Of course, the events of the last few days also means that espionage has been kept to a minimum. It could never justify the loss of life and the near disruption of Africa’s showcase event but I am just saying. 

So on to the next one? I can’t wait to see the Algeria- Malawi game. I think if Malawi can keep their nerves and keep it goalless or even score in the first half they will shock some people. I think Cote d’ Ivoire is going to win against Burkina Faso which will make our match against Cote d’ Ivoire that much more critical.

Given the eight-goal thriller in the opener, who is willing to bet against the goal scoring record set in Ghana being broken? You folks remember that the 2008 edition of the cup produced the most number of goals in the tournament’s history.

Breaking news. Oooohhhhhhhhh ah!!! These Togolese too love more drama than Shirley Frimpong Manso’s movies. At this point I find it difficult that there’s a bit of politics involved in the decision making. It smacks of Togo trying to shift some of the blame to some other authority for their initial decision to travel by road. That’s waaaaayyyyyyy above my black stars fan pay grade though.

Tis the day

 

Who takes the cup?

 

This has already been a weird nations cup. First there was very little excitement and then as the day drew closer and I think more and more talk was generating the energy, the ambush on the Togolese team occurred. And depending on what you read, they are going to honor their fallen comrades. Or they are too traumatised to continue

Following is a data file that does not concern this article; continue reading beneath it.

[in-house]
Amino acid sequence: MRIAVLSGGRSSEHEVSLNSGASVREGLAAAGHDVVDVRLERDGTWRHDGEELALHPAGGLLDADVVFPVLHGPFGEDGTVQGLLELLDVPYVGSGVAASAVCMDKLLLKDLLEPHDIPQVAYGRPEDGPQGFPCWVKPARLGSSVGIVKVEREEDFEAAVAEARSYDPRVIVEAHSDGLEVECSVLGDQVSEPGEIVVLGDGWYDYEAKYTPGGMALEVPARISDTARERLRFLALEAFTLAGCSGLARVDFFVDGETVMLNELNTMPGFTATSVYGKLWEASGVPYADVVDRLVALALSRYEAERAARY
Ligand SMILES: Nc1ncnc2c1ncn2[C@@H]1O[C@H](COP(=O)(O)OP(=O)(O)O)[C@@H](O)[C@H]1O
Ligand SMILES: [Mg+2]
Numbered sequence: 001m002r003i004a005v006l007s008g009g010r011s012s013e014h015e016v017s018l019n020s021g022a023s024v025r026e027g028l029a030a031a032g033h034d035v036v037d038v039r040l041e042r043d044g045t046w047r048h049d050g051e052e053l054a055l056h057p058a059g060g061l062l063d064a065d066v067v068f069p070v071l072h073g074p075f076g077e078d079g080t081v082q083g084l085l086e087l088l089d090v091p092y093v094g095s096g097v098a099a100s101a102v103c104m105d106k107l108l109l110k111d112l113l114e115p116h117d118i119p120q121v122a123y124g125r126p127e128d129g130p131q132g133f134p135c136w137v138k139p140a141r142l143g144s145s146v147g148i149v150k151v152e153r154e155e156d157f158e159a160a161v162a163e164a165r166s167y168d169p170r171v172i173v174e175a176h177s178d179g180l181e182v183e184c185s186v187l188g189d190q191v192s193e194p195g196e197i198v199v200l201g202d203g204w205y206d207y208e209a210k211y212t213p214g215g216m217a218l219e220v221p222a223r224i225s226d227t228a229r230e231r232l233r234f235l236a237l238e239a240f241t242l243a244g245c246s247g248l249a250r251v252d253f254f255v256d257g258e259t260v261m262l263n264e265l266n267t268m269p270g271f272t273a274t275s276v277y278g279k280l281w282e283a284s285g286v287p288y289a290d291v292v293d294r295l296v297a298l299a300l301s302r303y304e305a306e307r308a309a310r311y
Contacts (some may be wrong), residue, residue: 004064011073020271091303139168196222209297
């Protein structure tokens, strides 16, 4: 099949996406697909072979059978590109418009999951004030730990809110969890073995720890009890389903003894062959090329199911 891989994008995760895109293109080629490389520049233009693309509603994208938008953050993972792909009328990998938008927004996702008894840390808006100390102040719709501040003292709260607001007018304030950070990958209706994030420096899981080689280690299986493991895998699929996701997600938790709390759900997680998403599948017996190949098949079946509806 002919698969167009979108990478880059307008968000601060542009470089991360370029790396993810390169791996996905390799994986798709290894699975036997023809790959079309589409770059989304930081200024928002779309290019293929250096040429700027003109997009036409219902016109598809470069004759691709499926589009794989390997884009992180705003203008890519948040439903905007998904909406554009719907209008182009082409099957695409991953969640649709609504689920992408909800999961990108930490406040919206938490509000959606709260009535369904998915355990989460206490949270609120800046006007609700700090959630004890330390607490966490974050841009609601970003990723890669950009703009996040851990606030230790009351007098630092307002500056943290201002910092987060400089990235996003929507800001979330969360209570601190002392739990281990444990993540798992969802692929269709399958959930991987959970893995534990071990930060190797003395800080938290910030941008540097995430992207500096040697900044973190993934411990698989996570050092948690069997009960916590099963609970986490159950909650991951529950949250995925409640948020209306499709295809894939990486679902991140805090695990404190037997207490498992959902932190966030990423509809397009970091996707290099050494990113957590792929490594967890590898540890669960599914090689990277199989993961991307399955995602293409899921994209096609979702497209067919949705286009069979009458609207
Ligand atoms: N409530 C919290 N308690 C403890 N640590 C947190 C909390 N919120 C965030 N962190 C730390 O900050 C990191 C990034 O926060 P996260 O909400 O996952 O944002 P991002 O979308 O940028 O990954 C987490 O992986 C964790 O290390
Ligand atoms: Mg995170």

That sense of confusion has extended to the view from European football. Clearly, there are some clubs that are being as typically opportunistic as the European crusader back in the day. As in, we’ll teach you our religion while we loot and plunder you type opportunism. Of course, just as soon as I say that the Arse’s manager and Moyes’ just destroys the stereotype. Good for them. 

Of course, there’s this other small matter of how it affects the World Cup. RUBBISH!!! I couldn’t have said it better than Danny Jordaan though.  How quickly things change these days as this article suggests. Of course, we may not be talking about all of this if Cabinda hadn’t been chosen as a venue for the cup. Too late now.

In any case, it doesn’t feel appropriate to be jumping up the rooftops in anticipation of the start of the tournament. A few days of games though may put this episode on the backburner. Somewhat. 

I had planned to be in town watching this game on the big screen in Osu but I think I will now wait to see watch it in Ghana’s first game either against Togo tomorrow or against Cote d’Ivoire on Friday. Where are y’all watching the games?

Are we safe?